It was my lipstick that did me in. After deciding that my eyeshadow was a bit extra, I opted for something more subdued for my lips—a pink lipstick finished off with Too Faced’s Fairy Tears lip topper, which gave them a pearlescent shimmer. But, apparently my lips were a bit too pink, and “the blush pink palette lipstick has associations,” as he later told me on Twitter.

The conversation stuck with me all day, as I wondered what I should have worn instead, or if it would have been better to forgo makeup entirely. But every option I thought through had a downside: more makeup or less, romper or t-shirt and jeans, sash or no sash, there was no way I could have won.

Not when clothing and makeup choices are weaponized against trans feminine people.

One of the persistent critiques of trans women and other trans feminine folk is that we are a caricature of women, upholding gender normative roles and fashion. While this is based more on dated stereotypes than on reality, it is still regularly used as an attack on any trans woman who dares show her face in makeup or a cute dress.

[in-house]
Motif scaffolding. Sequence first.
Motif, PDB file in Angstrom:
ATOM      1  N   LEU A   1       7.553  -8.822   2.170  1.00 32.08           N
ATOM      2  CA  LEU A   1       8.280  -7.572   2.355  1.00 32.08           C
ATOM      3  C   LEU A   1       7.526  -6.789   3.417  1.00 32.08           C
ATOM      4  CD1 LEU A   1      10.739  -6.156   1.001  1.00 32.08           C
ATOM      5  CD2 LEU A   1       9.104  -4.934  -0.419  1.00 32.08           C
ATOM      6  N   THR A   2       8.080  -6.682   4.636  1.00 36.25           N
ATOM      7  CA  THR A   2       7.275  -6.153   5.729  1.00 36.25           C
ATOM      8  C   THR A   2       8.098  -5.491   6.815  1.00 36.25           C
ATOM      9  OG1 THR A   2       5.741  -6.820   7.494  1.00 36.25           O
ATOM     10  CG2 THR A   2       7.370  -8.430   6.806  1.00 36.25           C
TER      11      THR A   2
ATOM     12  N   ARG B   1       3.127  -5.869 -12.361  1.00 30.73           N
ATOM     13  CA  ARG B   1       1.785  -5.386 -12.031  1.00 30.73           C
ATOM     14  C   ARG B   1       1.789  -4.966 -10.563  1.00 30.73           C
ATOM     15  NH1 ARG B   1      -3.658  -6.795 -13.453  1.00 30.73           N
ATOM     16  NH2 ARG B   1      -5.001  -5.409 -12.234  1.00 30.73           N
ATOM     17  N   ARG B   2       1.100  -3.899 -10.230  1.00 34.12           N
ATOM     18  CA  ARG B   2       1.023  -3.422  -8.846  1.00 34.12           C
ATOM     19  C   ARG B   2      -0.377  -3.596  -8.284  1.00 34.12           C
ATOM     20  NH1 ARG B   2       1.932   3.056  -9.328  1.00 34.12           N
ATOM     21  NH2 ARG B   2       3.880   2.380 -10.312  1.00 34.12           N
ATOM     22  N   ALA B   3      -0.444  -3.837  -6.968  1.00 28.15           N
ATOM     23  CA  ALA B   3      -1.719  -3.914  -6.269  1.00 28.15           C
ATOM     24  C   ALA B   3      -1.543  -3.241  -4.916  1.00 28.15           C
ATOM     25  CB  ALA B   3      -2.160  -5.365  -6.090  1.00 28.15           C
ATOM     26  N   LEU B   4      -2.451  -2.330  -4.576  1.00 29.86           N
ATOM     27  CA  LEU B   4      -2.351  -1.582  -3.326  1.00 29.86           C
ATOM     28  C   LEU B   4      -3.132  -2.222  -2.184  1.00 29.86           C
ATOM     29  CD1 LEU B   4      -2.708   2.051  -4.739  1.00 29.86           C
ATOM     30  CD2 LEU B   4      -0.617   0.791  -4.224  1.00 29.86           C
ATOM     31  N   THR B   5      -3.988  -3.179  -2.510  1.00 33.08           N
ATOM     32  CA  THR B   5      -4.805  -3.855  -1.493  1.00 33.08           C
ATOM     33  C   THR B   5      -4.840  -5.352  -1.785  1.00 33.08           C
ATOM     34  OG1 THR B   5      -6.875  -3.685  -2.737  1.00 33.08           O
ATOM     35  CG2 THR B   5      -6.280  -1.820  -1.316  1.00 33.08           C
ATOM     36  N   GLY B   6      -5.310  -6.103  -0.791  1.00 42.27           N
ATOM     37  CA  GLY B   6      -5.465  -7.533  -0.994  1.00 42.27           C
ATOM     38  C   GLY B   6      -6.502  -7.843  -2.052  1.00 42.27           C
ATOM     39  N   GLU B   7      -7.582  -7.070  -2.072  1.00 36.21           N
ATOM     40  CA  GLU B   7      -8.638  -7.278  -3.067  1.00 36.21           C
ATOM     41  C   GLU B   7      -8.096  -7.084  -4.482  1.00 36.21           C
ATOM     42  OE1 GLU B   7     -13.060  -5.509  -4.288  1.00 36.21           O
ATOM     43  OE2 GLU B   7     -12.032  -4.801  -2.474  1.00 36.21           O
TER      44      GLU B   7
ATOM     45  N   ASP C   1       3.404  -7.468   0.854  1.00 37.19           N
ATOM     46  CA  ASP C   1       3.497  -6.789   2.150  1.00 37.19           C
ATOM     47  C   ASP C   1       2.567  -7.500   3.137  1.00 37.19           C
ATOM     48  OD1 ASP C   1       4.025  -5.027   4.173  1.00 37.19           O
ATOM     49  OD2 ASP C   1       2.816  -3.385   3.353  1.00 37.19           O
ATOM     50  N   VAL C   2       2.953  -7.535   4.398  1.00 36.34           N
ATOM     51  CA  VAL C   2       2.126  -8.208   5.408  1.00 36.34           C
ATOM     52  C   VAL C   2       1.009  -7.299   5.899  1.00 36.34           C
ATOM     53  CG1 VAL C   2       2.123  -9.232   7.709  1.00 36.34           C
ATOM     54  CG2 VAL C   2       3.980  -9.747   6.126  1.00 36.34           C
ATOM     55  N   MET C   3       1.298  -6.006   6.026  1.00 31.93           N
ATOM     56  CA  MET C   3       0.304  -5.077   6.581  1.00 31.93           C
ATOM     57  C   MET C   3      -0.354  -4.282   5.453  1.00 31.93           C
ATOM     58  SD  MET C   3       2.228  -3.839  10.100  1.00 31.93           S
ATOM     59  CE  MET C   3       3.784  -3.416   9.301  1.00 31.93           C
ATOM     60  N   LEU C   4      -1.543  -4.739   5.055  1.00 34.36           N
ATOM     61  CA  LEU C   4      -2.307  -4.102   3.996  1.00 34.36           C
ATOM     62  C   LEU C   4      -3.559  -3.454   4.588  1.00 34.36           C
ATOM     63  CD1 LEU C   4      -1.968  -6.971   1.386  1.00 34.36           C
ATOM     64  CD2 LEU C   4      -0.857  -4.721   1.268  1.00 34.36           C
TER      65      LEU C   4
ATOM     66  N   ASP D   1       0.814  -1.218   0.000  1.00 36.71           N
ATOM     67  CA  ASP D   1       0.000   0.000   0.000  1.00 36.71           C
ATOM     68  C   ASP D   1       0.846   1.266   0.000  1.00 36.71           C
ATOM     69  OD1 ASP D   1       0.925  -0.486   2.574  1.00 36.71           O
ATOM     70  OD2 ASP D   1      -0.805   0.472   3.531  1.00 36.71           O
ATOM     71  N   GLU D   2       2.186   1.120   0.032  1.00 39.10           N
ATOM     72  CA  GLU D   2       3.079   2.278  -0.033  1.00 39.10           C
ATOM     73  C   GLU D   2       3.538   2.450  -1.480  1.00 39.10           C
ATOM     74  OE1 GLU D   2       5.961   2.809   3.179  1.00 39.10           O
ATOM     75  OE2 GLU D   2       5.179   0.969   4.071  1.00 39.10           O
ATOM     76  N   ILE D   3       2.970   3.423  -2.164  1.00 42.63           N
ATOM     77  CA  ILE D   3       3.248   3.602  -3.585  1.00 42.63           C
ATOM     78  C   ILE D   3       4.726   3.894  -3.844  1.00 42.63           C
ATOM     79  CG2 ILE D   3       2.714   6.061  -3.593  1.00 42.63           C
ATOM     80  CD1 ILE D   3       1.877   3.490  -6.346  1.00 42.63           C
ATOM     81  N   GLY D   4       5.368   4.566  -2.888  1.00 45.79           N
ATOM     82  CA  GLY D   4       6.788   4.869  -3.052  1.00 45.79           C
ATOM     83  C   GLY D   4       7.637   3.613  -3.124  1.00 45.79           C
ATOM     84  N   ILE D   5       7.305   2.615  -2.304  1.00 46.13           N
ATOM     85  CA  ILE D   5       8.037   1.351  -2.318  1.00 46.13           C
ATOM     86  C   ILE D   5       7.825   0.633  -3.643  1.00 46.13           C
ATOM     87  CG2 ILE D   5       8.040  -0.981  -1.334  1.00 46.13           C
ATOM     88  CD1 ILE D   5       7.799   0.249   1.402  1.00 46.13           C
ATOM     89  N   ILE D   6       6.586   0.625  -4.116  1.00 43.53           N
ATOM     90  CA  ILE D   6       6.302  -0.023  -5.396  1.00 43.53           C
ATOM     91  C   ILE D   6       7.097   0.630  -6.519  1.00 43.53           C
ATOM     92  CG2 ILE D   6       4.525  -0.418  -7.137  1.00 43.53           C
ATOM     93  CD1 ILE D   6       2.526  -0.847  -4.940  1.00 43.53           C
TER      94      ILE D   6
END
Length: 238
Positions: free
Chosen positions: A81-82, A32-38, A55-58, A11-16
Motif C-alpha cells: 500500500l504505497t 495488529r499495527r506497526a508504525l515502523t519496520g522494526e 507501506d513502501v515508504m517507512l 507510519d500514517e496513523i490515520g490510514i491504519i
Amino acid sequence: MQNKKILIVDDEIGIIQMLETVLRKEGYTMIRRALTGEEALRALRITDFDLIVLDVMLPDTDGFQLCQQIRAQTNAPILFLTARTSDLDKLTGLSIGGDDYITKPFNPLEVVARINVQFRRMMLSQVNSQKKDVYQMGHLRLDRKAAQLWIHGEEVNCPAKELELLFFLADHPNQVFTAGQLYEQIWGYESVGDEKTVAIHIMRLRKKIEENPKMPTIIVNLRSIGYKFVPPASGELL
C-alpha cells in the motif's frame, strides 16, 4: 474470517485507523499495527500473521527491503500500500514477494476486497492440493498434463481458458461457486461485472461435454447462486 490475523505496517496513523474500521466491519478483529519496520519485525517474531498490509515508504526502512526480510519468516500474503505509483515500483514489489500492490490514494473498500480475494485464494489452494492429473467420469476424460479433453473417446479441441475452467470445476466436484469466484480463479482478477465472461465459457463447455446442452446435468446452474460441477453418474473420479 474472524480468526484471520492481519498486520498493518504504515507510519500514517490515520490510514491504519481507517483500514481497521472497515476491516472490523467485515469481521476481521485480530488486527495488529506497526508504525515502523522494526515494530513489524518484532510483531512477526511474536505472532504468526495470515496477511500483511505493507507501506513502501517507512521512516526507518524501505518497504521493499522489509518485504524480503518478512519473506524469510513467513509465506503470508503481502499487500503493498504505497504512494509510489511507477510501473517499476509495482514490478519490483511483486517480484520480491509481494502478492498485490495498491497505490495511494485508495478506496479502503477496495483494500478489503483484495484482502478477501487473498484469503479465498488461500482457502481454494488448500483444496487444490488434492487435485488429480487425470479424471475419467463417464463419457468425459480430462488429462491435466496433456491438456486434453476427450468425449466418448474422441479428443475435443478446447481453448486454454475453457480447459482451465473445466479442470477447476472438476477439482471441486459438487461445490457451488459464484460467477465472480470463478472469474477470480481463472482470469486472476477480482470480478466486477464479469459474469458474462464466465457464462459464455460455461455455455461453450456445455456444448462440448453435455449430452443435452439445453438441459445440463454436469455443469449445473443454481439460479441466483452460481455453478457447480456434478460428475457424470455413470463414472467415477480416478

On the other hand, if we don’t wear makeup, if we just show up in jeans and T-shirt, we are criticized for not trying hard enough. “If you were really a woman, then why are you dressed like a man?”

Faced with this damned-if-you-do, damned-if-you-don’t situation, many trans women and other trans feminine folks end up leaning into femininity for the simple reason that it seems to offer a better chance to simply blend in, to — dare I say it — pass.